Inefficient household products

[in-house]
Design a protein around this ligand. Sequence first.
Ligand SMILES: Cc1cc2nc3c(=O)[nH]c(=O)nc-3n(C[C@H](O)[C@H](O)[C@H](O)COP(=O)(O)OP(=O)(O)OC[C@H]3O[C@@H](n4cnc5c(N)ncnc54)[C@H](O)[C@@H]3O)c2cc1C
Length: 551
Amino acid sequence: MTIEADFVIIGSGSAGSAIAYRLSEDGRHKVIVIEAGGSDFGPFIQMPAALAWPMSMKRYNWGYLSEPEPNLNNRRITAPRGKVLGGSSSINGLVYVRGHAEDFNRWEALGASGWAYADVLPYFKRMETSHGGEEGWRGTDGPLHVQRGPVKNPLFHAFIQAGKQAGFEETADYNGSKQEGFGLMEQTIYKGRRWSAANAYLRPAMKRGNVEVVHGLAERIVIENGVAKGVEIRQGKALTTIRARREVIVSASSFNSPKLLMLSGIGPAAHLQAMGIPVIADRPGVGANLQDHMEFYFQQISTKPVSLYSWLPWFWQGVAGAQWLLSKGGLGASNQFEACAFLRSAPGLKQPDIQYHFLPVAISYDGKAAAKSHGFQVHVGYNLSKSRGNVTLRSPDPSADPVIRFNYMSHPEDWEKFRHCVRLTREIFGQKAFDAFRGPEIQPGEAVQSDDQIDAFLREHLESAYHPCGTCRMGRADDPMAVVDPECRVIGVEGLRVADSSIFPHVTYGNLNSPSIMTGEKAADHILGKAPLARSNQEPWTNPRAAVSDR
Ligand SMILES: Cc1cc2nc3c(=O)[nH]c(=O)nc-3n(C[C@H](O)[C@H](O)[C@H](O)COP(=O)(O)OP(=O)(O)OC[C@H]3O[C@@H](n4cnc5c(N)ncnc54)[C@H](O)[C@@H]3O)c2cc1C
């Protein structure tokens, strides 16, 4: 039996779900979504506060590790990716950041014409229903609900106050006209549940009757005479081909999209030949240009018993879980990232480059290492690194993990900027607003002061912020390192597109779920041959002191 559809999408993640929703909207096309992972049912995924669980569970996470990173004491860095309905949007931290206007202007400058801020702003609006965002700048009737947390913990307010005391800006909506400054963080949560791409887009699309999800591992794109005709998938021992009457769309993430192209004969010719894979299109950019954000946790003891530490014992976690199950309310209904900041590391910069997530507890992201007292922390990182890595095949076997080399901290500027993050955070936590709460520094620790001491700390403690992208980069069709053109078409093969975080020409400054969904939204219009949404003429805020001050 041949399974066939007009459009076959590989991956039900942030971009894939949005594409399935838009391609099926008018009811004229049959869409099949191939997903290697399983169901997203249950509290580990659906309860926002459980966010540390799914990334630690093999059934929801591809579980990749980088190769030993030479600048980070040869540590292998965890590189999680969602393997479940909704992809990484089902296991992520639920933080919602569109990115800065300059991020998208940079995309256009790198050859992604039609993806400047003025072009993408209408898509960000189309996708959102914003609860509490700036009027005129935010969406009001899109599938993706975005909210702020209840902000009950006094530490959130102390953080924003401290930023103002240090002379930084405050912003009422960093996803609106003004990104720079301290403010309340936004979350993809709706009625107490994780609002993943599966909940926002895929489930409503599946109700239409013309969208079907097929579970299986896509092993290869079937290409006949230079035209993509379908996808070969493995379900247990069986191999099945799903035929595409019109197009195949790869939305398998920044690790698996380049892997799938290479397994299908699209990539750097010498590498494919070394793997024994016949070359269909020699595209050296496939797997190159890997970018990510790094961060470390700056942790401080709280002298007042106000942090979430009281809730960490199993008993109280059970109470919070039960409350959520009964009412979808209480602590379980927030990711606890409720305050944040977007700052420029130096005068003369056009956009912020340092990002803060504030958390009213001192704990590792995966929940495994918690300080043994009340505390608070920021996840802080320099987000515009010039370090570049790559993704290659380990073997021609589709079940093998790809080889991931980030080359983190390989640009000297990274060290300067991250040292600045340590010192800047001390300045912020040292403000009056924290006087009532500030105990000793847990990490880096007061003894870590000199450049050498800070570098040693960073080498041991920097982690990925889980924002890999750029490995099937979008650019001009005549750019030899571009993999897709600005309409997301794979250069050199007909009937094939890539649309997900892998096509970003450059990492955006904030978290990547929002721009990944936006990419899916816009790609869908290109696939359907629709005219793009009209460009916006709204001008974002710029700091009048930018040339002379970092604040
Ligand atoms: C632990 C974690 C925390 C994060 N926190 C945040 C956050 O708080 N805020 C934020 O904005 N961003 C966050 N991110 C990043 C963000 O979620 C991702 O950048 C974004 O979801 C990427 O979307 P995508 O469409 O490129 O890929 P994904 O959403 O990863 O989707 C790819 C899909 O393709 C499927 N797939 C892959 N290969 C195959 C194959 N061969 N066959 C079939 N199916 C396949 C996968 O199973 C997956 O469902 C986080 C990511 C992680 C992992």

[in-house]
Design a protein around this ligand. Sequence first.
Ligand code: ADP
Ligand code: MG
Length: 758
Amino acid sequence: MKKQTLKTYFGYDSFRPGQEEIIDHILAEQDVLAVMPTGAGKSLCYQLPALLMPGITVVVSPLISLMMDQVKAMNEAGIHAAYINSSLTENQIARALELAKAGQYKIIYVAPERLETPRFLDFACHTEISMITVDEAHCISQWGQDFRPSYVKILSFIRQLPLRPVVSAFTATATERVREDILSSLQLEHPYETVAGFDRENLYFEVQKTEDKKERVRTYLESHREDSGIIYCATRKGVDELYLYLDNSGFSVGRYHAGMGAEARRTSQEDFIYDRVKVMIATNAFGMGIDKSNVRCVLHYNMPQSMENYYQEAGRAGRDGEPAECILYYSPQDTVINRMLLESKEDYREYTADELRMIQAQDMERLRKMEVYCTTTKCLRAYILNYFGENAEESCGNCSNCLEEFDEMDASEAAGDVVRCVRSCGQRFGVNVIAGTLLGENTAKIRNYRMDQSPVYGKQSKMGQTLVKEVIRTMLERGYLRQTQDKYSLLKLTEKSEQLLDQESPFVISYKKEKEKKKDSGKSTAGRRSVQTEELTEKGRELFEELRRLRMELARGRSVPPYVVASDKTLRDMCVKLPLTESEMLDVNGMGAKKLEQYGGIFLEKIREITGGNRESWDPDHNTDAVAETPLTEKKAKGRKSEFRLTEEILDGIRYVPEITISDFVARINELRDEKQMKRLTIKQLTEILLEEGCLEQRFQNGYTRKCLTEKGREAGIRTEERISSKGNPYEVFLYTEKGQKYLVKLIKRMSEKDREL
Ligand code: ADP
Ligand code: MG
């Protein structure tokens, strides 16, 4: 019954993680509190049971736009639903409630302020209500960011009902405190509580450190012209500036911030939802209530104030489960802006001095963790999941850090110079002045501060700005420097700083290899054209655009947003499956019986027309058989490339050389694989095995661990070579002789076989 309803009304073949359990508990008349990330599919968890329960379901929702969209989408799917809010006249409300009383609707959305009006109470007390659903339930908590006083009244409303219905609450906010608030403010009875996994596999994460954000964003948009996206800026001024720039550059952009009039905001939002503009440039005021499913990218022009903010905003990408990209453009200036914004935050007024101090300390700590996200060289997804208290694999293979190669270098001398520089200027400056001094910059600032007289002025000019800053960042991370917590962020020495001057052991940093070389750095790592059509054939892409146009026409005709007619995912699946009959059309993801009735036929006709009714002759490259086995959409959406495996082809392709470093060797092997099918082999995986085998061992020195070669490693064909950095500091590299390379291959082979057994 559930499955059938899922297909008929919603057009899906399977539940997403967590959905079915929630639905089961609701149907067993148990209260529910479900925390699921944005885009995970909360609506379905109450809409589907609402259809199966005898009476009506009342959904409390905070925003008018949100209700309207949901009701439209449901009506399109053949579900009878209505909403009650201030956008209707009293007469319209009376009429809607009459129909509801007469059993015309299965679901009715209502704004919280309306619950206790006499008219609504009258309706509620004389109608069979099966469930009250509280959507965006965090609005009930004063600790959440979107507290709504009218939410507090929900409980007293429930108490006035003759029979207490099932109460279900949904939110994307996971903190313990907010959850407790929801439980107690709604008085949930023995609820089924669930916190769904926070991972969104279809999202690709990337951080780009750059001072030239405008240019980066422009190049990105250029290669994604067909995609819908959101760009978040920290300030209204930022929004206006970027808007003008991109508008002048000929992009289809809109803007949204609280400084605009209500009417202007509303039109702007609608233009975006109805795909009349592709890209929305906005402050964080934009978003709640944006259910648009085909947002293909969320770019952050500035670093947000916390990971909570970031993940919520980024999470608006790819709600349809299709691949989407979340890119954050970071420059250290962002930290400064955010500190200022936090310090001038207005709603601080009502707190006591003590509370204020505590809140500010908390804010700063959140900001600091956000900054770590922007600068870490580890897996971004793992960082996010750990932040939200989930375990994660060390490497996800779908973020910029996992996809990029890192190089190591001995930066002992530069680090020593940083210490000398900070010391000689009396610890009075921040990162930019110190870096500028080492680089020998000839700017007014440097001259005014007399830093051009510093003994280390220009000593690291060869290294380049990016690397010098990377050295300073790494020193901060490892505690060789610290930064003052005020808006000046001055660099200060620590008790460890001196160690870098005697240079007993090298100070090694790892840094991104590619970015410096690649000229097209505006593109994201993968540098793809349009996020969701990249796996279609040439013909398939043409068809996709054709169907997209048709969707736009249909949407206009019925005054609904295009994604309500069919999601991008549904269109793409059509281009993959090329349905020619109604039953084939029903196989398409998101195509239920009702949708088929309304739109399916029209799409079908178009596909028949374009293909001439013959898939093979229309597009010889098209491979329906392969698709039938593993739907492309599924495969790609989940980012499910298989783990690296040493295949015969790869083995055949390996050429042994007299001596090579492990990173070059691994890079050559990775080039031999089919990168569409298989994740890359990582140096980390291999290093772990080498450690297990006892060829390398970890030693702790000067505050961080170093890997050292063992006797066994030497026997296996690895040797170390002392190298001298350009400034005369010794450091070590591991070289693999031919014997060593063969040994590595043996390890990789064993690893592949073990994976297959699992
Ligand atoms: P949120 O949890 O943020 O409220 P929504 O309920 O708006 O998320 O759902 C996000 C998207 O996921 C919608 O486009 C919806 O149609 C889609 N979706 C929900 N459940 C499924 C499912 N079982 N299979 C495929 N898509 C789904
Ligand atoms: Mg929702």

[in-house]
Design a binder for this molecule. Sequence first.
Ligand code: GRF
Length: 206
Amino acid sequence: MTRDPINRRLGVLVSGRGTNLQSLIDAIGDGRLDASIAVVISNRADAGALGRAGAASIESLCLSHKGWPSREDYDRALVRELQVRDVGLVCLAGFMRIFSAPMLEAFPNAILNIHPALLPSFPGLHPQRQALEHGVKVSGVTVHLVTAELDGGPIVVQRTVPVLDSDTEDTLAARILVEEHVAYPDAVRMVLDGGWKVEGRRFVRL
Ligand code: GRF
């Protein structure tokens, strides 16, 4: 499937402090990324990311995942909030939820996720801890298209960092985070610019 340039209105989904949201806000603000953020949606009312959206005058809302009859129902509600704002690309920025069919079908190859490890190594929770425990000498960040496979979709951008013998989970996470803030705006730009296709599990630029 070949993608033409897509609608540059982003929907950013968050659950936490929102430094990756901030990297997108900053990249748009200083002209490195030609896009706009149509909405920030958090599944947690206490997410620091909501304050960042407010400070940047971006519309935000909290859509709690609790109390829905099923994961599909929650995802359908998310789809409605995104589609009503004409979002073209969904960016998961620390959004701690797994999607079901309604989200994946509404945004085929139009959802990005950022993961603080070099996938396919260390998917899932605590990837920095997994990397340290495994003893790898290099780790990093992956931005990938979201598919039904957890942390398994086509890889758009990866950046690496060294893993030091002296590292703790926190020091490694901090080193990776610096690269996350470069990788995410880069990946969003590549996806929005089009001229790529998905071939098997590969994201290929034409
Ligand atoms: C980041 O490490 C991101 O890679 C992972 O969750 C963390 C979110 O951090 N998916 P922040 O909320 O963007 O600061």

American households spend $1 billion a year on energy that they are not even aware of consuming. No, not to fuel their cars or charge their ipods, but rather to keep their televisions and vcrs running at night- WHEN THESE DEVICES HAVE BEEN TURNED OFF! The energy needed to fuel such items amounts to 1000 kilowatt hours a year per household. The invention of the microchip has partly led to this phenomenon. It brought improvements over the traditional switch (in the form of a soft button) in that it was more durable and compact. The downside, however, is that the chip requires a steady flow electricity. Thus, even when home devices using this chip have been shut off, they are still sucking electricity out of the sockets, resulting in huge amounts of energy wasted. While there are more efficient alternatives available, they do not compete very well in the marketplace, especially since most consumers are unaware of this overnight energy use. There has been call from the most unlikey of places, notably the Bush administration, to increase the energy efficiency standards of such objects. The energy department had a meeting this week to discuss the implementation of energy standards in homes and California has already created such a program, to begin in 2006. As more and more electronics flood the home, it is important that consumers understand the energy implications of their actions, specifically that “off” does not neccessarily mean “off.”

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